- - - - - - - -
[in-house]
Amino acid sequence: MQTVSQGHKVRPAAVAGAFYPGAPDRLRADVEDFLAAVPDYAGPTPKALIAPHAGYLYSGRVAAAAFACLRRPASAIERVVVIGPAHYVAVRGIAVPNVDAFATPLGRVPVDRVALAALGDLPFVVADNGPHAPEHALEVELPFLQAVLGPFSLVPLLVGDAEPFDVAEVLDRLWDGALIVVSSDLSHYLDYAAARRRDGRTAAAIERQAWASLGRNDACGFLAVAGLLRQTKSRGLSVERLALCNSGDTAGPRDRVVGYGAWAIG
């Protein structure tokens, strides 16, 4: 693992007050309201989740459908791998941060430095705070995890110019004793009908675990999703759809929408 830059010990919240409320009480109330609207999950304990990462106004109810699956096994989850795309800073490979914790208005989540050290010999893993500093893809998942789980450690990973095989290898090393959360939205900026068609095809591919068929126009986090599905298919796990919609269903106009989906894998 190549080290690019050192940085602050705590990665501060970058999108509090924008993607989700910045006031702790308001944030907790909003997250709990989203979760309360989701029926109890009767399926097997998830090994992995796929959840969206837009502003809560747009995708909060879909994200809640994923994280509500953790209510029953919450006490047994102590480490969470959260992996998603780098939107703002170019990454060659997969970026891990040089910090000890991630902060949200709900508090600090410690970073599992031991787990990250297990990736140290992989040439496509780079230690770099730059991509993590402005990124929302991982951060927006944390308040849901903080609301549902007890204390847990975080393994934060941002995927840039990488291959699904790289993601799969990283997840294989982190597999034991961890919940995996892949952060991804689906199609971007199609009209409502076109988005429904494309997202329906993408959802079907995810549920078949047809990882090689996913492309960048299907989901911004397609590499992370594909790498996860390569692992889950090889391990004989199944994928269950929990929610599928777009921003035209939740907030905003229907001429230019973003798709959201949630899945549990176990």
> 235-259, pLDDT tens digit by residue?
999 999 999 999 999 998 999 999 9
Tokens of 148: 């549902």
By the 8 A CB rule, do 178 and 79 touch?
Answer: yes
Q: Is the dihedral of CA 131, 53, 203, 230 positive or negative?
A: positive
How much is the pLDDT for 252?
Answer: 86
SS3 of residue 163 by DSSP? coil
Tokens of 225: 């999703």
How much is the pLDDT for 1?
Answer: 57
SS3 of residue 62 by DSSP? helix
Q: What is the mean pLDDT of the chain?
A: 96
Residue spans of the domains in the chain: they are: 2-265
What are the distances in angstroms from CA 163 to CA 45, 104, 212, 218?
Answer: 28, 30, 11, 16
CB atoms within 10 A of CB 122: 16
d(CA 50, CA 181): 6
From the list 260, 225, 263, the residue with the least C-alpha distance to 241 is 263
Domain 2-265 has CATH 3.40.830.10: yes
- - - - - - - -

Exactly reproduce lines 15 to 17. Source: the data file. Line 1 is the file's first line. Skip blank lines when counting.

How much is the pLDDT for 1?
Answer: 57
SS3 of residue 62 by DSSP? helix